Our next anniversary guest post is from the estimable Mark Thoma.
The Fed and the ECB have different economic outlooks for the U.S. and European economies. For instance, the Financial Times reports:
Fed and ECB diverge on economic outlook, by Chris Giles and Ralph Atkins, Financial Times: The Federal Reserve and the European Central Bank painted contrasting pictures of the US and European economies… Together, the statement by Jean-Claude Trichet, ECB president, and the speech by Mr Bernanke indicated that European interest rates were likely to rise while there was no urgency for further US rate rises.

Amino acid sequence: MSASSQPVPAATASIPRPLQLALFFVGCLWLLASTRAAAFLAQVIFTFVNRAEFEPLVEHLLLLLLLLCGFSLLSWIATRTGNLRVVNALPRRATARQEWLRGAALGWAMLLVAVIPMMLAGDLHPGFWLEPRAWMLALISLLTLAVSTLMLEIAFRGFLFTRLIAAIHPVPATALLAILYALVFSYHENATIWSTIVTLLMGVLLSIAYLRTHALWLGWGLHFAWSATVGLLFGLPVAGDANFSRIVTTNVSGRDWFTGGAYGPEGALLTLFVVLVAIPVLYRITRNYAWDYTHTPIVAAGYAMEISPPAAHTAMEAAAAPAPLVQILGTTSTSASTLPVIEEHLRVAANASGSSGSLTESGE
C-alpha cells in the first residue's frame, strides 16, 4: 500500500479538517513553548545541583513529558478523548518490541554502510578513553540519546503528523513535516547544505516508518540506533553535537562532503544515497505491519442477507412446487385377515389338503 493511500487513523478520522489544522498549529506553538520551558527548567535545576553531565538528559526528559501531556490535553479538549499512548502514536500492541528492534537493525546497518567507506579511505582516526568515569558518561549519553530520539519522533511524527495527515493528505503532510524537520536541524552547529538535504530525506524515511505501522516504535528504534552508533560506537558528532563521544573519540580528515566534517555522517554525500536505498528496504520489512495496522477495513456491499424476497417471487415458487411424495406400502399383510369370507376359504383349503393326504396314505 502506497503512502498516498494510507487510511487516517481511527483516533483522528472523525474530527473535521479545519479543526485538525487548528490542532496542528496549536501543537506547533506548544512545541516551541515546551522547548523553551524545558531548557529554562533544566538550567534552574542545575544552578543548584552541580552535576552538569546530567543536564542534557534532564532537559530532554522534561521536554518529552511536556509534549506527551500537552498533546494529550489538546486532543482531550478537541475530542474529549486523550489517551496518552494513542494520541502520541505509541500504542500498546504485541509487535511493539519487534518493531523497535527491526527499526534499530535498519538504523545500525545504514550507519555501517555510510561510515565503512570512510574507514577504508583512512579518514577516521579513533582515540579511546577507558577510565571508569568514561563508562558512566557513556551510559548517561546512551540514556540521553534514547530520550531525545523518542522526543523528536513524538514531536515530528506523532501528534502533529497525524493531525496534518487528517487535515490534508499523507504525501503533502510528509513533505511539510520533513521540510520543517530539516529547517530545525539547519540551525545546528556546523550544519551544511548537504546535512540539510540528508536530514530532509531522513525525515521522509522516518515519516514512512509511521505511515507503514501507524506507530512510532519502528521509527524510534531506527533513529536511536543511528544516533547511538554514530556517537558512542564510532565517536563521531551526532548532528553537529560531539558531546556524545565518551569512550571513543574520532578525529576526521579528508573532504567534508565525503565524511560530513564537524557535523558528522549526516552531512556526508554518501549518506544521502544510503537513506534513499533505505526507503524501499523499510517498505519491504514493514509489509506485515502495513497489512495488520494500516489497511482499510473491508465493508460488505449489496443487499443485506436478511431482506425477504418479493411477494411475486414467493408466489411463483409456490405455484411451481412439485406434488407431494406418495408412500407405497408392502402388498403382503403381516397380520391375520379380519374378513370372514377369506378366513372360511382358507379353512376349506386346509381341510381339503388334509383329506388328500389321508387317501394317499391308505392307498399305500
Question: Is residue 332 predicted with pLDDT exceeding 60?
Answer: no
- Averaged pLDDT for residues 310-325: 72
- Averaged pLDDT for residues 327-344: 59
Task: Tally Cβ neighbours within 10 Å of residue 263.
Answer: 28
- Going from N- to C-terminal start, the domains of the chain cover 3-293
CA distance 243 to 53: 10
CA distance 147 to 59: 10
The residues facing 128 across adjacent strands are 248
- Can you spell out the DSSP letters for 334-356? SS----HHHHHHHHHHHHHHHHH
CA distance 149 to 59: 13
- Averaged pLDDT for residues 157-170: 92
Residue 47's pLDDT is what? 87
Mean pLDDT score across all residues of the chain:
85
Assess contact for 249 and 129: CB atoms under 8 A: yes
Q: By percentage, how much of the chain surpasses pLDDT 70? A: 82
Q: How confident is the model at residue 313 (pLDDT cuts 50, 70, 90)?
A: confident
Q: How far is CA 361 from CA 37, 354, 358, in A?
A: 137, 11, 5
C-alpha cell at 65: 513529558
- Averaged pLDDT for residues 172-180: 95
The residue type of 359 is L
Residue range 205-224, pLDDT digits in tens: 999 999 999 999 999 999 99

Mr Bernanke gave an optimistic assessment of the US economyâ€™s ability to continue rapid economic growth without triggering further inflationary pressures. … Across the Atlantic, Mr Trichet announced big upward revisions to the ECBâ€™s inflation forecasts … and called for â€œstrong vigilanceâ€ to defend price stability â€“ code words used to signal an interest rate increase in early October. … Mr Trichetâ€™s comments followed the unexpected strength of the eurozone recovery in the second quarter, and ECB fears about the impact on inflation
in 2007… Eurozone consumersâ€™ fears about inflation increased in August to the highest level since the introduction of euro notes and coins in 2002…